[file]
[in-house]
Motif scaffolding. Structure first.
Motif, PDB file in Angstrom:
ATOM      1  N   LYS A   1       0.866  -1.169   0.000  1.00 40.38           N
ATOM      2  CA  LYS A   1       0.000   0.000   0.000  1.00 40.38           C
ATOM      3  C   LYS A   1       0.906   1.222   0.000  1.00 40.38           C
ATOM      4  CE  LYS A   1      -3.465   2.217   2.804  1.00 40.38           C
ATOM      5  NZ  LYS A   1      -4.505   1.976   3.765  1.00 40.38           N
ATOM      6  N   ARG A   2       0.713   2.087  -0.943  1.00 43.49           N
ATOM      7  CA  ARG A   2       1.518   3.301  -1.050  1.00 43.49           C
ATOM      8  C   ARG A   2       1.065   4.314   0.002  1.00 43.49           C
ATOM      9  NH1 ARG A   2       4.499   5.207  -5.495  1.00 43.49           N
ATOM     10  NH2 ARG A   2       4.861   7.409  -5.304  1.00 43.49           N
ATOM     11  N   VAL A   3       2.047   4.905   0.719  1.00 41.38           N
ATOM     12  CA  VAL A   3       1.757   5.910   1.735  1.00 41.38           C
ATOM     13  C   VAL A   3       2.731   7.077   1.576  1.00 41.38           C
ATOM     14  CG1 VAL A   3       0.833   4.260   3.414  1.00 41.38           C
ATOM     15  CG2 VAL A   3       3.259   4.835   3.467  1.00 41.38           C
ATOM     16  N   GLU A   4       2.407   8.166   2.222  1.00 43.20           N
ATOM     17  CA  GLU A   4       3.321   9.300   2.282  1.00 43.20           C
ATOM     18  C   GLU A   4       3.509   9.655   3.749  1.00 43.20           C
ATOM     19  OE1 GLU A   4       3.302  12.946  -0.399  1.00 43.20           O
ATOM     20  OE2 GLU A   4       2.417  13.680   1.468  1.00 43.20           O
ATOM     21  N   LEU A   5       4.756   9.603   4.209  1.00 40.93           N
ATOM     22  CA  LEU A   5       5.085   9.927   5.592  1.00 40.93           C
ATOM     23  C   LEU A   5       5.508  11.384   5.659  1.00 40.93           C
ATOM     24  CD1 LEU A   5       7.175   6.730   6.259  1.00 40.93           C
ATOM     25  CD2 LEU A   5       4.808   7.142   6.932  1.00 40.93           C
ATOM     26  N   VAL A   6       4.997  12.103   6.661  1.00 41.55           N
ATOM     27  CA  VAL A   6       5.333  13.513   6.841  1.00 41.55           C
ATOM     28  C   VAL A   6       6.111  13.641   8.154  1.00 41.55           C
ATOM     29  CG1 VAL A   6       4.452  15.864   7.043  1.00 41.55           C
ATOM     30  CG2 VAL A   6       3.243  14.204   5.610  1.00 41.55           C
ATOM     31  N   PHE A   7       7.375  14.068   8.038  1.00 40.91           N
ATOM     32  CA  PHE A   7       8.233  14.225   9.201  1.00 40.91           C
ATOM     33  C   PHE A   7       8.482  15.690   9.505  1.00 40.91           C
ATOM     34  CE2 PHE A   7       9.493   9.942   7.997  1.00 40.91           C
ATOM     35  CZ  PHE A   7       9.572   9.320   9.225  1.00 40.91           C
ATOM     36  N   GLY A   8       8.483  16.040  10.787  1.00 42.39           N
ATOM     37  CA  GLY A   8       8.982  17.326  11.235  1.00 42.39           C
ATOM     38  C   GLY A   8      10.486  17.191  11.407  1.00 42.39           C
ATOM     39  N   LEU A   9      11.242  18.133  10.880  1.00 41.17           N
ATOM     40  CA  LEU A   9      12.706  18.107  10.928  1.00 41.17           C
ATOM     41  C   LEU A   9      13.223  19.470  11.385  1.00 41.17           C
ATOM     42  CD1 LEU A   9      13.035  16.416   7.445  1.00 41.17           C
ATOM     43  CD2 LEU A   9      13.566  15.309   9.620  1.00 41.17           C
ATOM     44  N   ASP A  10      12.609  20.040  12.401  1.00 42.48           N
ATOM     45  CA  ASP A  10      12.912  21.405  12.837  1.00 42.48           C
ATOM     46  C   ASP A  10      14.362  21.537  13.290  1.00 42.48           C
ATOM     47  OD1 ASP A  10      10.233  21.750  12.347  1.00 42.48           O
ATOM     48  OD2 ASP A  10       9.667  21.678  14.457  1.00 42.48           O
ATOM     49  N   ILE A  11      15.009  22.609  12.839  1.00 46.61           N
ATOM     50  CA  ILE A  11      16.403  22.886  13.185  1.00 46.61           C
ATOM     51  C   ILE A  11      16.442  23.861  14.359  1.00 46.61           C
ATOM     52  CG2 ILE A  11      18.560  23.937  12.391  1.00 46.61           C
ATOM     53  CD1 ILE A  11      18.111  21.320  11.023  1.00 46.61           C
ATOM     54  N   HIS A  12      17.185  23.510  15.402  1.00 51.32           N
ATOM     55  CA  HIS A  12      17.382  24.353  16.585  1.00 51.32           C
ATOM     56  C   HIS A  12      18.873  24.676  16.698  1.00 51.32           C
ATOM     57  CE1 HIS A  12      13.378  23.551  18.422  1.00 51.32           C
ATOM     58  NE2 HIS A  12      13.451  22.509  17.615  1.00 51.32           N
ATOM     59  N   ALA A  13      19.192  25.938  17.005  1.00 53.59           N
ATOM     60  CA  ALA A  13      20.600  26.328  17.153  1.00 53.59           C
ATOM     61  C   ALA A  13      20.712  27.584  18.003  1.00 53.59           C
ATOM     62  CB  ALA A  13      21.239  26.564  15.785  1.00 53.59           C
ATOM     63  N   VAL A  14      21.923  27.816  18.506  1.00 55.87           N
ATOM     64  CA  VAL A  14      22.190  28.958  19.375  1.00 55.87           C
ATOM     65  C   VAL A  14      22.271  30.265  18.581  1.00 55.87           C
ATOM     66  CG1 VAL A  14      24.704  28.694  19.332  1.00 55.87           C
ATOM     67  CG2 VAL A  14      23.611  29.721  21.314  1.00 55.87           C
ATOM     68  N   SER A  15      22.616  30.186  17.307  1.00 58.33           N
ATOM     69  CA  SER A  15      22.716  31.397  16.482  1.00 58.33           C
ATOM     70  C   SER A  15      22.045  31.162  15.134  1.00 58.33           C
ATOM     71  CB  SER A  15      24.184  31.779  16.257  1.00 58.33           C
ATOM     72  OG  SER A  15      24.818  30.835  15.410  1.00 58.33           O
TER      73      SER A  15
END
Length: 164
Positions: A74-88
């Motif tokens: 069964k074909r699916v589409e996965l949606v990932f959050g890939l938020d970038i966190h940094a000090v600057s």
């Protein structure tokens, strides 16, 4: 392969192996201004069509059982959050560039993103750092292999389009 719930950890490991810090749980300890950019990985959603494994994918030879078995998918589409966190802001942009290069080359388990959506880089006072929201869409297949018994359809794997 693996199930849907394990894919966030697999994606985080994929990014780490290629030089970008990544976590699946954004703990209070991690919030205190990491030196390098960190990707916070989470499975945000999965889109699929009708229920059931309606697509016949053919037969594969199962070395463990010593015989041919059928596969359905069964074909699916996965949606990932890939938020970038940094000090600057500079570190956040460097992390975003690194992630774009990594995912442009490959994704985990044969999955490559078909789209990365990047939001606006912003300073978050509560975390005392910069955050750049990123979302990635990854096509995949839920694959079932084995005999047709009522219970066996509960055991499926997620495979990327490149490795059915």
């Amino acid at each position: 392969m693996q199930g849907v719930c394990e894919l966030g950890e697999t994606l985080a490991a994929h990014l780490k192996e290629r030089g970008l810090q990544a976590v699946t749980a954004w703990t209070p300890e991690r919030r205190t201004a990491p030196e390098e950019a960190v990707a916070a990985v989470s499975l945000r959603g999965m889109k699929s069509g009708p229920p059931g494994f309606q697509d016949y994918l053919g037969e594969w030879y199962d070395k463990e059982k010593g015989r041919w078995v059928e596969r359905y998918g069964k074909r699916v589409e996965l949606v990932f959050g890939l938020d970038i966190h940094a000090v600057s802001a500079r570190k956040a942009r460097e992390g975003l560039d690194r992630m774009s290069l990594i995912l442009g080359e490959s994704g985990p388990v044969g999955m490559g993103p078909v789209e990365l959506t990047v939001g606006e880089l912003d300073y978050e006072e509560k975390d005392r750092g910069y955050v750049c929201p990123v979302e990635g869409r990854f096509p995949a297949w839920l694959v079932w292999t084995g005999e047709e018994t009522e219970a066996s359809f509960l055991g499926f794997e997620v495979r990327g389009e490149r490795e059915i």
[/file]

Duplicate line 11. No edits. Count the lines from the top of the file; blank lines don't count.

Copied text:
ATOM      8  C   ARG A   2       1.065   4.314   0.002  1.00 43.49           C